Well this record is apparently more of her home Iceland, whatever that is – she thinks she can organise freedom, we knew that all along, but this time it’s matched with a more vigorous attempt at being her own; she’s the hunter, the bachelorette, the world doesn’t scare her.
She does unravel occasionally, it wouldn’t be her otherwise and I can see why; that being said, the overall landscape of this album is beautifully put together, swivelling around the vocals which are far more pronounced and projected, not physically but, perhaps, spiritually – this is down to the production – the string arrangements work wonders with the electronics and the more constructed drum ‘n’ bass backdrops carry her tone and that projection serenely.
I still think her less opaque lyrics work better than say “The cocoon surrounds you/Embraces all/So you can sleep/Fetus-style”, I know if I sat down long enough I’d get it, I’m a busy man, however. Vulnerability is rife in music but I always have an affection towards it when the artist can tell us why he/she’s laying it on the line – cue “Immature”. We still have to put up with “I want to go on a mountain-top/With a radio and good batteries/And play a joyous tune/And free the human race” but fortunately the beats save that one.
Somewhere between platonically itchy and extremely playful, Björk’s “introvert” character strides in simpatico with the experimental electronics and glitchy backdrops. Unlike the extrovert hunter and occasionally fearless persona of Homogenic, Vespertine‘s lyrical sensuality showcases our lady’s sense of the sexually unknown and the chilling surrounds of the innocence of that introvert.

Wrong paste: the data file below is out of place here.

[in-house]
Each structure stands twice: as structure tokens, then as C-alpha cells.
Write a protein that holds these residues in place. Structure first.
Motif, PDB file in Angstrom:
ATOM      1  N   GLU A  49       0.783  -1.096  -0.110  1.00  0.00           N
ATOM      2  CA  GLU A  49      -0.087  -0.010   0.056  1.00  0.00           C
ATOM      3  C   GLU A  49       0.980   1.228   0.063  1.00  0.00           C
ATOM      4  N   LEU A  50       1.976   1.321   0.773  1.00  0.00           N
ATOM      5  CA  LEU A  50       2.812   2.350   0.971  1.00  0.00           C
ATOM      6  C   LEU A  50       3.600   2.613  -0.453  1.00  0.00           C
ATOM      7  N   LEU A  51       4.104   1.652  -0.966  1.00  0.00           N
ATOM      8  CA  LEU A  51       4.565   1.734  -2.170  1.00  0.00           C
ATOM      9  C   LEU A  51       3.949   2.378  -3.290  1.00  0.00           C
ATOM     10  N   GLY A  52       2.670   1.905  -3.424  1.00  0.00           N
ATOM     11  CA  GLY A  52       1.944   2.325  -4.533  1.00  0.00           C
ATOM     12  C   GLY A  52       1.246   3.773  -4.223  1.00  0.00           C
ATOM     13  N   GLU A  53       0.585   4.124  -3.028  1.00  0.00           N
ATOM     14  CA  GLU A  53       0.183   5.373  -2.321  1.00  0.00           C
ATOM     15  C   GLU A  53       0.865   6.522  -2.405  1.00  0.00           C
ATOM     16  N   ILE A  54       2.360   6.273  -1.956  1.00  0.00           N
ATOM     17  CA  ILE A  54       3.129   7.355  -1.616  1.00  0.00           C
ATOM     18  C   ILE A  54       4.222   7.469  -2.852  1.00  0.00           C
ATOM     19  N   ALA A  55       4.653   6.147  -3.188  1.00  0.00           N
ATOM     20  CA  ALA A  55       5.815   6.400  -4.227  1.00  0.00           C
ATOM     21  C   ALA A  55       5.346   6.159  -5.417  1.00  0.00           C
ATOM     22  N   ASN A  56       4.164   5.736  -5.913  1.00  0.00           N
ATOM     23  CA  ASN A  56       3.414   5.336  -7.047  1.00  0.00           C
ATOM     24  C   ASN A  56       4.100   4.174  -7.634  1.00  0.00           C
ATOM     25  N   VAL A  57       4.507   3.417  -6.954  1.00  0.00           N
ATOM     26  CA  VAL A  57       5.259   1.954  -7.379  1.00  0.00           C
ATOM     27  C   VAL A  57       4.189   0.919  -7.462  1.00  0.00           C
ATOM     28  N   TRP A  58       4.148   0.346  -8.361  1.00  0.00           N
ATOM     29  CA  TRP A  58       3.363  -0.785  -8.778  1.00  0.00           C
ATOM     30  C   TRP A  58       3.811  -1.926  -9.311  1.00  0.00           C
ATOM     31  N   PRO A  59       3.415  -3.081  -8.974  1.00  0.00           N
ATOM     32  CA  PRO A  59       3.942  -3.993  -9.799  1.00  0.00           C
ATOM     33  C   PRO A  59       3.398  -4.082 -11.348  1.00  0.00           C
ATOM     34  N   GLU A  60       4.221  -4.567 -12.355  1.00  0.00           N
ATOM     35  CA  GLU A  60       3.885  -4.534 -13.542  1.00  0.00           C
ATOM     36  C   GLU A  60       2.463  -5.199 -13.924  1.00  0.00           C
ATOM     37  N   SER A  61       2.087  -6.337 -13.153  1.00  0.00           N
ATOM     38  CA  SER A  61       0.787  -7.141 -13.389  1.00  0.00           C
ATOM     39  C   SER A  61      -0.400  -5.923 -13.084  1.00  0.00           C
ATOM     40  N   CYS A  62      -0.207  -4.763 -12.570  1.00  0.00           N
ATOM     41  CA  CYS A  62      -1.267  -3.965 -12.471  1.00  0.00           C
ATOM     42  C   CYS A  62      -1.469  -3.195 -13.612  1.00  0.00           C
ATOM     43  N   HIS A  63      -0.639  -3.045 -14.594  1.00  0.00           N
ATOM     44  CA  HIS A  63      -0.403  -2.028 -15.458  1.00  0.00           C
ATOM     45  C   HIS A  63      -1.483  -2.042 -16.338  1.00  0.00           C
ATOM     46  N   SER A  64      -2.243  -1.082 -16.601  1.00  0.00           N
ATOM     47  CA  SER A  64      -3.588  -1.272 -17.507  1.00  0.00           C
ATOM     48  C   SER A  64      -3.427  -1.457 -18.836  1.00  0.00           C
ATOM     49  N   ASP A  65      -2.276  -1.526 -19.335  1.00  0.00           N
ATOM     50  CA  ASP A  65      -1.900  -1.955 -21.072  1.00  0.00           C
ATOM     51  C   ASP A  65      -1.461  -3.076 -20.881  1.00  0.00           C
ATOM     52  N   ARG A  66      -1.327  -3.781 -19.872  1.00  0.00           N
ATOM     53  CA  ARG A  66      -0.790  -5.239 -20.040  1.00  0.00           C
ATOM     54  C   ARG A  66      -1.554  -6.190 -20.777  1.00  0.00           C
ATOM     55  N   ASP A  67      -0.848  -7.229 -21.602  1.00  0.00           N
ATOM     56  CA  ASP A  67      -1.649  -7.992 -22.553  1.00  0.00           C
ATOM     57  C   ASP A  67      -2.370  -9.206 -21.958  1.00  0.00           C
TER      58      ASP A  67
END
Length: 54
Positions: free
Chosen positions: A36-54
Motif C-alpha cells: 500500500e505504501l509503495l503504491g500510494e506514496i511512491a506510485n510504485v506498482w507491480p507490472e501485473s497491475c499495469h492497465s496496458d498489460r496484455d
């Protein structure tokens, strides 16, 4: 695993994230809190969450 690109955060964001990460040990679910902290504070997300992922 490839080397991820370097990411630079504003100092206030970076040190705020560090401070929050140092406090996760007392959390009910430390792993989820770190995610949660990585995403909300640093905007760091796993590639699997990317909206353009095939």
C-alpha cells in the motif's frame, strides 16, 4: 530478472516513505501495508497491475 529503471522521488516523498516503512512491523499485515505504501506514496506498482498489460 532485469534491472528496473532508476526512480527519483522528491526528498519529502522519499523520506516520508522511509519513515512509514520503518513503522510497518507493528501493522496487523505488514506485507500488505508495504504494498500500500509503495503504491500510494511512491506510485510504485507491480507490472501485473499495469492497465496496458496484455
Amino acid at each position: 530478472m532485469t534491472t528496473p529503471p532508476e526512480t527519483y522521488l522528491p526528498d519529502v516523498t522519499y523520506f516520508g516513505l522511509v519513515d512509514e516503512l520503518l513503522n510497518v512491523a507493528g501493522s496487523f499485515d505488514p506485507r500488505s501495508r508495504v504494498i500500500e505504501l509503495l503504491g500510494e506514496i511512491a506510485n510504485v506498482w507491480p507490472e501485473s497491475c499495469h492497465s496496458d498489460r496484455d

The lyrics mean more, simply you wouldn’t need the beats all too often, but her experimental guise only entices you to swallow up those high notes with some sort of blizzard-like church choir or whirling string arrangements. However, the second half takes a nosedive lyrically and doesn’t incorporate enough of the electronica to keep it airborne, though it crossed the finish line quite nicely.
Euphoric is what I got, even in the winter atmosphere and the fearful caresses of erotic human nature – just look at the album cover.
You have to give this record its just deserts for the simple fact the minimalistic platform it’s inhabited could only lend itself to a disaster, and I thought it was lining itself up for that initially until “Where Is the Line?” crossed the line and slapped me right in the face.
The beatboxing doesn’t even feel like it outruns her vocals when it actually does, and these choirs, keep ’em coming. A cappella in its near entirety, the likes of “Submarine” should crash and burn, but then you realise this oddity has barbershop harmonies and hip-hop throat singing in the electronic arsenal. Give it a chance, she dares you to listen.
Enclosed in her winter trepidation is far more alluring than being immured in her “fun”, which apparently this is. “I have lost my origin/And I don’t want to find it again”, I don’t think so, I can hear a squeeze, just a squeeze, of early beats fluttered about when the orchestra isn’t around.